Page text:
by Dina Sleiman
I don't think I've written a movie review before. Anywhere. Ever.
In fact, now would probably be a good time to confess that I'm not the biggest movie fan. I rarely feel like there's enough time to connect with the characters and so prefer TV series and novels.
But this movie is an exception on so many levels, and I really want to help spread the word. Not only did I quickly connect with these characters and want to join them for the ride, I enjoyed every minute of it. This movie touched me deeply. I cried throughout. It moved me, and it made me think. With the possible exception of the big Hollywood movies like The Blind Side and The Chronicles of Narnia, I've never seen such a fine Christian film. The cinematography was stunning. The acting was great. And the story was powerful. Add in an awesome sound track by some of my favorite bands, and I was one satisfied customer.
About a year ago, a friend of mine, Cecil Stokes, told me that he was going to be a producer for a movie that would tell the story of an abortion survivor. This is not really mentioned in the previews, but I think that detail is one that Christians will want to know about. For the daring subject matter alone, this movie is worth seeing. When the heroine is undergoing unexplained physical and psychological symptoms, her parents are forced to finally admit to her that she was adopted after surviving a failed abortion. Along with her hunky co-star, she takes off on a journey of discovery to try to make sense of her life. The intense issue is dealt with in a sensitive matter without falling into preaching or didacticism. Which is pretty amazing. The message is carried through the emotion of the actors more so than through any indicting speech against abortion. In addition to the pro-life emphasis, the movie also portrays a lovely story of healing, forgiveness and hope. A subplot of the movie addresses control, which is an important issue I find often overlooked in Christian circles where "submission" of children, wives, and parishoners is often stressed without any balancing teaching on the dangers of a controlling and domineering leader.
To me everything about this movie was just lovely and perfect. Surprisingly (or maybe not), it didn't fare well with some of the big national reviewers, and so I would like to address this as well. While everyone said the cinematography, lead actress, and supporting actress Jasmine Guy were amazing, and even admitted that the movie avoided being preachy, it seemed that overall these reviewers didn't "get it." The primary complaint was that the script wasn't strong and fell apart in the middle. I disagree. And so do the millions of Christians who put it in the top ten during it's first week in the box office. The reviewers said there were too many "coincidences." But of course, they don't understand that in the lives of praying believers such "coincidences," also known as miracles, are normal, even expected. God at work in the lives of man is reality to us.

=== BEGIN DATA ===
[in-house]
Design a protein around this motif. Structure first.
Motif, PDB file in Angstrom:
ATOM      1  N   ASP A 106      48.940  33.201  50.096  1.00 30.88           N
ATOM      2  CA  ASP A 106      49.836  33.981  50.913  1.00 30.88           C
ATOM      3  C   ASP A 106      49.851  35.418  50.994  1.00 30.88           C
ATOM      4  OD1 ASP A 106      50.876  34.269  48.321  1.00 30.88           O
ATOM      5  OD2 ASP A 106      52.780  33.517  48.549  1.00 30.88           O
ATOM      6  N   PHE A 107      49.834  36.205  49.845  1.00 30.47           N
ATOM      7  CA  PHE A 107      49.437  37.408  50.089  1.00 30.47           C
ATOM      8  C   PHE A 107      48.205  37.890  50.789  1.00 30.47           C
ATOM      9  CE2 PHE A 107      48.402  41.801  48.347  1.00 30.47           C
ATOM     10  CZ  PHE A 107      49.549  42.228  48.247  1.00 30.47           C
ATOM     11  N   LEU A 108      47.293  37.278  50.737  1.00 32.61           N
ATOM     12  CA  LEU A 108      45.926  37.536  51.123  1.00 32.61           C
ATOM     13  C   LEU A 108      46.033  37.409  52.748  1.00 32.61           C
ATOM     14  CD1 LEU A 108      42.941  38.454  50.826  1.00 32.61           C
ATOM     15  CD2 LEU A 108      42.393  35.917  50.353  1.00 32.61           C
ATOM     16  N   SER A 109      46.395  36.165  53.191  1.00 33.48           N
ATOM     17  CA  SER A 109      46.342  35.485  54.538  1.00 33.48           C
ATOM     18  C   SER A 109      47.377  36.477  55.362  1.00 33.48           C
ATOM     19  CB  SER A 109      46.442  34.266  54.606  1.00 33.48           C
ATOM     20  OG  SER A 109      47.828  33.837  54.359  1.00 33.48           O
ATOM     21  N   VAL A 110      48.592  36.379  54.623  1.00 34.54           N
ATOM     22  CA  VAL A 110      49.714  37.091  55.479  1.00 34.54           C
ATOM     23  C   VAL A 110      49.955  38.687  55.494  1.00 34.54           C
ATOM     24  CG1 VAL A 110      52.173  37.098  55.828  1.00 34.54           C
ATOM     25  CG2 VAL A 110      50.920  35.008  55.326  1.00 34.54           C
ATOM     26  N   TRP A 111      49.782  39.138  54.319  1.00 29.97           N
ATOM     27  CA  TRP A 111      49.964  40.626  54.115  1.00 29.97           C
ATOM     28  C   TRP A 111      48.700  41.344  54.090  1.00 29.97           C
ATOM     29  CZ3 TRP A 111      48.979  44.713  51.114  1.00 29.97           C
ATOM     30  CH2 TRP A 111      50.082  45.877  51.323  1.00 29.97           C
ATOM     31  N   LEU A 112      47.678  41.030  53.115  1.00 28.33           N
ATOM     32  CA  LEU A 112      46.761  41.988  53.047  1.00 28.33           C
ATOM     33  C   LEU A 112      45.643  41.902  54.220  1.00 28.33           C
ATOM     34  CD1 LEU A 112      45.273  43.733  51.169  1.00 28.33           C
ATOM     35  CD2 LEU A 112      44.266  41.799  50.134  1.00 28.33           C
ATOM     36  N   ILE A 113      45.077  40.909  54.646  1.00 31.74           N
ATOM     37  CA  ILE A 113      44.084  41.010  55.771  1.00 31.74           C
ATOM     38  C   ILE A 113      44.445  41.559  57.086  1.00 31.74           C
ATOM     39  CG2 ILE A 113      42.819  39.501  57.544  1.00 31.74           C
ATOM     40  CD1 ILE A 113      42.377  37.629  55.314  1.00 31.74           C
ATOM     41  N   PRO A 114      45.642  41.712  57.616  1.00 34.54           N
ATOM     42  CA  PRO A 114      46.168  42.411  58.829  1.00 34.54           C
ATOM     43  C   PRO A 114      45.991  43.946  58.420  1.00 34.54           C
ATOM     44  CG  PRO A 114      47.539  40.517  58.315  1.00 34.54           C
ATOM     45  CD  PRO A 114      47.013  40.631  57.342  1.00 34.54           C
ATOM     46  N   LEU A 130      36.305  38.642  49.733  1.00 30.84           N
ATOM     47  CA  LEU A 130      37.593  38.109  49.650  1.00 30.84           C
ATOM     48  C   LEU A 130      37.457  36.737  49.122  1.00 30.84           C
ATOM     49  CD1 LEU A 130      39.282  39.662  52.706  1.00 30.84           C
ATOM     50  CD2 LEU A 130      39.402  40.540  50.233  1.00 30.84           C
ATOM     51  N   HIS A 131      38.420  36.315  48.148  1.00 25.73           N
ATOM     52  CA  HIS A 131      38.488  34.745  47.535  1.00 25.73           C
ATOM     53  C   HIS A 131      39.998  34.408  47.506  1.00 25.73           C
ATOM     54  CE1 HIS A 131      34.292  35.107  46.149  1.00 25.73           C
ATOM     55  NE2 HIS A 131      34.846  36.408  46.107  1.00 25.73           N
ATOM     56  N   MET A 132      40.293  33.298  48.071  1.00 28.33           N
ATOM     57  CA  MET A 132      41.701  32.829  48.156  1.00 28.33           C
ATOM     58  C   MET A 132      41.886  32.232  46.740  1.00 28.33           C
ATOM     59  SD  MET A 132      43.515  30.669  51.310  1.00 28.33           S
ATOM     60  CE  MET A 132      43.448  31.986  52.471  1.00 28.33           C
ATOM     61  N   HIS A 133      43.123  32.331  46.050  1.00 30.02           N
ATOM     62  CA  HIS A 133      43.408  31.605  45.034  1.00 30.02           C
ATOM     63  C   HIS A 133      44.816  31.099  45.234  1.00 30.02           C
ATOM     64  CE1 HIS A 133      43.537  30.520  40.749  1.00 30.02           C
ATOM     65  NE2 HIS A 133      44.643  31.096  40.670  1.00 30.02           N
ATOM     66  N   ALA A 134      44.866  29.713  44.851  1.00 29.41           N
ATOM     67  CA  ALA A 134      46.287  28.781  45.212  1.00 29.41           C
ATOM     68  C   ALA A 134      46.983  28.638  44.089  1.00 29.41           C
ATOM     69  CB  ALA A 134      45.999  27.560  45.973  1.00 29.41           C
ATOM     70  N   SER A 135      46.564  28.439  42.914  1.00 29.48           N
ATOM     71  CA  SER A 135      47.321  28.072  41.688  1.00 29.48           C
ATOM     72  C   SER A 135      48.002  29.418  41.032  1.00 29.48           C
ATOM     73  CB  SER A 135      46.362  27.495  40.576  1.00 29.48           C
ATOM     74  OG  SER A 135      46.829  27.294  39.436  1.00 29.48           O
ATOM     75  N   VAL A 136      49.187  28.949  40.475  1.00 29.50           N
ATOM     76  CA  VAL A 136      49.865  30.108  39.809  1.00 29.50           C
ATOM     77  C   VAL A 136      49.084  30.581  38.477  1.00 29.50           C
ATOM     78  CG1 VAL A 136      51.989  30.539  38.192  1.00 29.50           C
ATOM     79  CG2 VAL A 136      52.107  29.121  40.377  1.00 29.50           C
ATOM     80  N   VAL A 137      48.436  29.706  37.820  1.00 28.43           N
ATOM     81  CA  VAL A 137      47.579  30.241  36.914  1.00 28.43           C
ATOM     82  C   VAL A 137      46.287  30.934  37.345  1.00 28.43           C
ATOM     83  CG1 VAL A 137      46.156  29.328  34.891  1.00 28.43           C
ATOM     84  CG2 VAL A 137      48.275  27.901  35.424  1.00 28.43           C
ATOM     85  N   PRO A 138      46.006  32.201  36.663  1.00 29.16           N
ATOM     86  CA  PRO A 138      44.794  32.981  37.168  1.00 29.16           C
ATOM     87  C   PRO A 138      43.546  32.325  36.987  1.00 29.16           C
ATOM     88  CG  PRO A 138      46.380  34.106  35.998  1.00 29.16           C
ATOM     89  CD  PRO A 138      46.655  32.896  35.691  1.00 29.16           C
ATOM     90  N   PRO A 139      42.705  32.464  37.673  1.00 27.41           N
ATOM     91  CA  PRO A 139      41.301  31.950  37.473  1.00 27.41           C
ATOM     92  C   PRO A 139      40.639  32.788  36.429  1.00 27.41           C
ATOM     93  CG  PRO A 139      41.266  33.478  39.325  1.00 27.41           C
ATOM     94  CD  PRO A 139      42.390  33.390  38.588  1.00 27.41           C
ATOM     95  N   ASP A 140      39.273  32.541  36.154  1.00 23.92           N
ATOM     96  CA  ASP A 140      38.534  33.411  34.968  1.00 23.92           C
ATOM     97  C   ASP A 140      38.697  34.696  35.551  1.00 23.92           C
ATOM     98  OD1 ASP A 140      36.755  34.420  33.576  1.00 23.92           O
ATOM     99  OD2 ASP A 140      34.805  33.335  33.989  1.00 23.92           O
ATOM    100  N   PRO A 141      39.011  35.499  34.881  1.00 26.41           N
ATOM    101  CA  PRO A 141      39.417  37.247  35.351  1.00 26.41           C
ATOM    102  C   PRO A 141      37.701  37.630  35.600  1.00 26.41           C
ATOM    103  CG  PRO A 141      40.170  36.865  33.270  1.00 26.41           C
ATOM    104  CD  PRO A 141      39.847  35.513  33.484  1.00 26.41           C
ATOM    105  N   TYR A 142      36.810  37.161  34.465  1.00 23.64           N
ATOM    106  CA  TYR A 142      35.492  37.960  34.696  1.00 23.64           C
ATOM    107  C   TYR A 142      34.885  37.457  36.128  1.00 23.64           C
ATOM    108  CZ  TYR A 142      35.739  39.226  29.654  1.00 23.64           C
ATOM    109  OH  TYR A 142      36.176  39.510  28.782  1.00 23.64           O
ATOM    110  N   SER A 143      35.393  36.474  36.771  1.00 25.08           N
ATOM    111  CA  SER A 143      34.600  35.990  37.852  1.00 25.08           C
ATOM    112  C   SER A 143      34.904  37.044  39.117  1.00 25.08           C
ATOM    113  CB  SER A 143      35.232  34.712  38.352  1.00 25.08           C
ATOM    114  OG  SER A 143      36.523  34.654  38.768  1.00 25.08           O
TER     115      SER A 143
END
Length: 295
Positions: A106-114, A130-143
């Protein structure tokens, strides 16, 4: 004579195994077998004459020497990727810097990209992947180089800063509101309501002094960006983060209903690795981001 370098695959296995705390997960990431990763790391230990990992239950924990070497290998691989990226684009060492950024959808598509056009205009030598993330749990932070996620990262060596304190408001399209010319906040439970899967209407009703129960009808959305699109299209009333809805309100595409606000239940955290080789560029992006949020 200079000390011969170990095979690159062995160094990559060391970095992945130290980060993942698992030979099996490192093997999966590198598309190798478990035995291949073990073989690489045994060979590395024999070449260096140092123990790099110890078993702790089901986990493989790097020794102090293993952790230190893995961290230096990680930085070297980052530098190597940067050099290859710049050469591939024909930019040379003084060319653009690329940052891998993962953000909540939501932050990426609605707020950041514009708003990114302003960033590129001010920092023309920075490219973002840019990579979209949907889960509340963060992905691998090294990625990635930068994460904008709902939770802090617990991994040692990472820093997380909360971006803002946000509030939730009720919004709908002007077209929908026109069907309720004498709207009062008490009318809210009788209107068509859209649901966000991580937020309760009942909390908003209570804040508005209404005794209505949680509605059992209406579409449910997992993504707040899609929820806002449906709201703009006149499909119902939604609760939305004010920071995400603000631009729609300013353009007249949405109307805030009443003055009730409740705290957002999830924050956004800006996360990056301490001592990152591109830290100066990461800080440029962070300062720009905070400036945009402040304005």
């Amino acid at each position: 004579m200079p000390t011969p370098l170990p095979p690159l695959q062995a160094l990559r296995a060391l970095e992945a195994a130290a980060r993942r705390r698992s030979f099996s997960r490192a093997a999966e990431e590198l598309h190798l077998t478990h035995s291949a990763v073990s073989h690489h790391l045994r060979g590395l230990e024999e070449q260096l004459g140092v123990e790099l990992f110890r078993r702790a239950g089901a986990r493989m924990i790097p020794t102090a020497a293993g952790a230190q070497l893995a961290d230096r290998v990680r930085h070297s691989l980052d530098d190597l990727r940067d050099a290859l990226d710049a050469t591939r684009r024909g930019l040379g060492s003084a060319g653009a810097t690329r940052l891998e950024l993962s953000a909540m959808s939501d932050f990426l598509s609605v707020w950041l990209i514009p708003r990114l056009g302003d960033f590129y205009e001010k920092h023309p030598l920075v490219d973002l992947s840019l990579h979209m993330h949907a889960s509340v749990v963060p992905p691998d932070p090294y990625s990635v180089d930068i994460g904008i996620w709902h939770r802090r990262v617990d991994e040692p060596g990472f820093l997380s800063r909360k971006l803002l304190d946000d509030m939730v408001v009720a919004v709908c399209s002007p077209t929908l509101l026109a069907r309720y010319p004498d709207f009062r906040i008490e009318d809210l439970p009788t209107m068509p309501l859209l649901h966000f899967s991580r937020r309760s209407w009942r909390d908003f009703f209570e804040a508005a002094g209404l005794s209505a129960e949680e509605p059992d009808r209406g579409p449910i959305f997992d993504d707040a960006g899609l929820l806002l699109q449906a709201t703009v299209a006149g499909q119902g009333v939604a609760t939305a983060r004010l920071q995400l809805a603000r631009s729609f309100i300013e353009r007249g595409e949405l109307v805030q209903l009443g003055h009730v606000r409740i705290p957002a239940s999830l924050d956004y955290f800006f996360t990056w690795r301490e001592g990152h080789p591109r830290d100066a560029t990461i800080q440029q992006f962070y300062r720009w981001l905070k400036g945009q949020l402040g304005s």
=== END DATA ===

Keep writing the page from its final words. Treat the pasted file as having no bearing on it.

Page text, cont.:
In this story, God didn't just fix everything, the heroine had her own tough decisions to face, but God did guide her along her path to the people and information she needed. Another complaint was that the comic characters on the road trip were unneccessary. I would say unneccessary or not, they were funny and endearing and brought an extra sparkle to the film. Many Christian movies are too issue driven and on the nose. I felt the road trip scenes gave a great coming of age feel to this story, which were very believable in the life of a homeschooled Christian girl. In fact, I loved the way Christians were portrayed in the movie in general. Broken, flawed, and utterly human, yet filled with a hope in something greater than themselves.
This film has an awesome ending, that will not only leave you encouraged and satisfied, but sighing as well.
And when you go see it (and you need to) be sure to stick around for the closing credits. You will get an "extra" that you won't soon forget in the form of an amazingly touching testimony by one of the actresses. After watching this movie I remembered that I've cried my way through pretty much every well-made Christian film that I've seen. Because they have something secular reviewers don't understand. The anointing of the Holy Spirit.
In closing, I also mentioned that this movie made me think, which I wouldn't have guessed possible since it concerns a subject I've already given a tremendous amount of thought to. The part that struck me, though, was when the director shares in the closing credits that they wanted to be sensetive and bring healing to the "post-abortive mother." Those are strong words. Again, without being preachy, those simple words reminded me that an abortion does not stop you from being a mother. It only changes whether you are the mother to someone who is dead or alive.
A big congratulations to Cecil and everyone involved in this movie for bringing God's beauty to the earth and advancing His kingdom through this powerful film.
Have you seen October Baby? What thoughts and feelings did it leave you with? What Christian films have touched you the most and why? What Christian films have not worked for you and why?
Dina Sleiman writes lyrical stories that dance with light. Most of the time you will find this Virginia Beach resident reading, biking, dancing, or hanging out with her husband and three children, preferably at the oceanfront. Since finishing her Professional Writing MA in 1994, she has enjoyed many opportunities to teach literature, writing, and the arts. She was the Overall Winner in the 2009 Touched by Love contest for unpublished authors. Her first novel, Dance of the Dandelion with Whitefire Publishing has just released. She has recently become an acquisitions editor for WhiteFire as well. Join her as she discovers the unforced rhythms of grace. For more info visit her at http://dinasleiman.com/